Ed Reavy

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Ed Reavy (1897–1988)[1] was an Irish-American musician, composer of numerous traditional Irish dance tunes. Born in Barnagrove, County Cavan, he emigrated to Philadelphia in 1912 where he settled in the Irish-American enclave of Corktown (now part of Powelton Village). Except for two visits back to Ireland, he remained in the Philadelphia area for the rest of his life.

Reavy was a fiddler, and recorded in 1927 for the Victor record label, including two reels ("The Boys of the Lough" and "Tom Clark's Fancy") and two hornpipes ("The Donegal" and "The Cliff"). More than one hundred of his compositions have been published, and his sons have estimated that there may be more than five hundred in total.[2] His most famous tune may be "The Hunter's House".[3] His compositions and style of fiddling found their way back to Ireland and were very influential in the development of modern Irish Traditional Music.[4]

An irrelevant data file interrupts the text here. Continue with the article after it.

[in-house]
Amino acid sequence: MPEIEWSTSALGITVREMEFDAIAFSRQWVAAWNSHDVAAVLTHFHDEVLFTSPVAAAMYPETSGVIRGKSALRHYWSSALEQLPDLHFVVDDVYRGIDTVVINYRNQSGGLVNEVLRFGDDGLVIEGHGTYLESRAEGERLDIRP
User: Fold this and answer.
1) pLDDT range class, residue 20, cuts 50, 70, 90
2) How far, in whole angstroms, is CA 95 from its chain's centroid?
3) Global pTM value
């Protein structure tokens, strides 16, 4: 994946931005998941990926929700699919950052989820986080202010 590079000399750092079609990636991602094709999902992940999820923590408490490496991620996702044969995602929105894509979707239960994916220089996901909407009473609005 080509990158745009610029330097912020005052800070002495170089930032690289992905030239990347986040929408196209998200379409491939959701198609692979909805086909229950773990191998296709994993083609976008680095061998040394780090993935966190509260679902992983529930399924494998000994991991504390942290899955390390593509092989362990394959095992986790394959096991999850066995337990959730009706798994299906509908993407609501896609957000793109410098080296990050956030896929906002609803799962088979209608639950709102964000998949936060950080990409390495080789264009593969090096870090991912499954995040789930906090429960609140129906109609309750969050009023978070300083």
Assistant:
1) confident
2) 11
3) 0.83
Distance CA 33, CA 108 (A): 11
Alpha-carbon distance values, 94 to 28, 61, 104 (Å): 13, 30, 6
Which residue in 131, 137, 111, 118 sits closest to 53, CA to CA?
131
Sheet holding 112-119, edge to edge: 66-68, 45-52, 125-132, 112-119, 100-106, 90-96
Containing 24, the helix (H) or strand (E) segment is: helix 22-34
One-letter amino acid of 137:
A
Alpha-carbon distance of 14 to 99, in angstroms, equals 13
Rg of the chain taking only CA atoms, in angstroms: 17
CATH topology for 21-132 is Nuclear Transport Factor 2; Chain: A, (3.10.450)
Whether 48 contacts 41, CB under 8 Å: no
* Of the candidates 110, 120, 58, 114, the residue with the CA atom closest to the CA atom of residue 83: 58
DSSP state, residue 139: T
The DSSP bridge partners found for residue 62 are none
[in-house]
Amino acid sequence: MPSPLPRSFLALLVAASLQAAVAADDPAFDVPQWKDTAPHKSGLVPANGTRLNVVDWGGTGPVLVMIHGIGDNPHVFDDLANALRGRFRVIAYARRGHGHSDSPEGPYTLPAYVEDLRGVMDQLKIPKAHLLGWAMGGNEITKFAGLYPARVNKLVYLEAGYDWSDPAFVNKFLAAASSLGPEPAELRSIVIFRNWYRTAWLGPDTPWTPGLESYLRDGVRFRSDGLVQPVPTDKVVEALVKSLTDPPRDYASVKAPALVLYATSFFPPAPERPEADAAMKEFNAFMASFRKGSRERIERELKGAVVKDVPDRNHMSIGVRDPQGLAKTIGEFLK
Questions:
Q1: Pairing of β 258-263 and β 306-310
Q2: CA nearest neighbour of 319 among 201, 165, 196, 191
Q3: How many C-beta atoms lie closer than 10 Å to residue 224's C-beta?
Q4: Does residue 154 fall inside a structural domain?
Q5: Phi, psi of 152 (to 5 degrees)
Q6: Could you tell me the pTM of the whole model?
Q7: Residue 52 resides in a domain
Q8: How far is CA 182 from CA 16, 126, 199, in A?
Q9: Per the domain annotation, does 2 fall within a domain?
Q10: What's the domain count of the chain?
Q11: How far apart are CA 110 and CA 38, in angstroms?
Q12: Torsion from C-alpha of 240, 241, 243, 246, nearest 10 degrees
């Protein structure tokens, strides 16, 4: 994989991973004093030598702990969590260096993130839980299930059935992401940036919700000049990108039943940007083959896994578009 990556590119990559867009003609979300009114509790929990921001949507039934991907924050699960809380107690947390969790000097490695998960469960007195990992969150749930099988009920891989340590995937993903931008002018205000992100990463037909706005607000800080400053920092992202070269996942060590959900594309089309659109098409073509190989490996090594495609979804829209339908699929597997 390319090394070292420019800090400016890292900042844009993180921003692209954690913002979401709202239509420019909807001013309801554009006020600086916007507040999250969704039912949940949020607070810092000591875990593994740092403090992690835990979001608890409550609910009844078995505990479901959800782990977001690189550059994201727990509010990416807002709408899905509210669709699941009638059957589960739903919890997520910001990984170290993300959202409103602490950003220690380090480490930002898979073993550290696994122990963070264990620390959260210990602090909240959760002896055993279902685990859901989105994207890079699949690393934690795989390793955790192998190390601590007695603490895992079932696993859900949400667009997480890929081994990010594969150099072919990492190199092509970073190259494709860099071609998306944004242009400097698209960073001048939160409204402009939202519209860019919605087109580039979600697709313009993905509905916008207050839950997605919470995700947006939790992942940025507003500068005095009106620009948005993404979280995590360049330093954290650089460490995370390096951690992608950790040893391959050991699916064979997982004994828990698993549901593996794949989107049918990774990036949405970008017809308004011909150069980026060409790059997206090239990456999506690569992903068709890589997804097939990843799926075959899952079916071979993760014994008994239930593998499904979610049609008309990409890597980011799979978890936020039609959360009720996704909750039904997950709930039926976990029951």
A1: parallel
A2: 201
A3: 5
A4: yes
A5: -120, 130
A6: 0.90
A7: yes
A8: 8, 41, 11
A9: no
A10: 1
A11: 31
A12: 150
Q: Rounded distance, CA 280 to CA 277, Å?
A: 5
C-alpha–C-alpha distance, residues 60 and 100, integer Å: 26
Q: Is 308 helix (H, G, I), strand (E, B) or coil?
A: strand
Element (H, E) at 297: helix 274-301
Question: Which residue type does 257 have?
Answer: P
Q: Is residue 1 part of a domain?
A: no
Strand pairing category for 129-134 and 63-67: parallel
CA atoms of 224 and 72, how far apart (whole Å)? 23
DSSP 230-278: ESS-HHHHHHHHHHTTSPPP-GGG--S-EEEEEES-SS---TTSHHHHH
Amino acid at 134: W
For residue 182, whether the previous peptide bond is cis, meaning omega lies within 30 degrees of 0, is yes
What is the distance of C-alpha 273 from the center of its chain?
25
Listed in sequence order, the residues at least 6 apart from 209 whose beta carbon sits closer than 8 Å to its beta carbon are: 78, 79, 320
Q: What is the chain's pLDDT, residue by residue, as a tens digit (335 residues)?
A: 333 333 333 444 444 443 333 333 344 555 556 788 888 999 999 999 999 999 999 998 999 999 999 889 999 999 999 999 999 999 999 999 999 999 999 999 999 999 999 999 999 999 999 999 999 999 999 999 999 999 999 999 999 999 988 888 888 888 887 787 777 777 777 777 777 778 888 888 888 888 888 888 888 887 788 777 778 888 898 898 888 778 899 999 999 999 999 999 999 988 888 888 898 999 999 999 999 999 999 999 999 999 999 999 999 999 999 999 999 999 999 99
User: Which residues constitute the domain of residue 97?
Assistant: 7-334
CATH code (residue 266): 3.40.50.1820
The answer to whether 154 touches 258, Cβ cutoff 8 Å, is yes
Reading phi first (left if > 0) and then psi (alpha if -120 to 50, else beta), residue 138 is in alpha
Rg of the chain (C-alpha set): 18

Reavy was president of the Irish Musicians' Association of America. In 2000, he was posthumously awarded the title "Composer of the Century" by an Irish-American organization[5][citation needed].

References[edit]

  1. ^ US Passport application, 1922, and SS death index
  2. ^ "The Collected Compositions of Ed Reavy", Joseph M. Reavy, Green Grass Music, 1996, ISBN 978-0952837008
  3. ^ Irish Tune Composers' page for Ed Reavy
  4. ^ "Celtic Music : 3rd Ear - The Essential Listening Companion", Kenny Mathieson, Hal Leonard Corporation, 2001, ISBN 978-0879306236
  5. ^ Irish Echo
  • "The Companion to Irish Traditional Music", Fintan Vallely, NYU Press, 1999, ISBN 0-8147-8802-5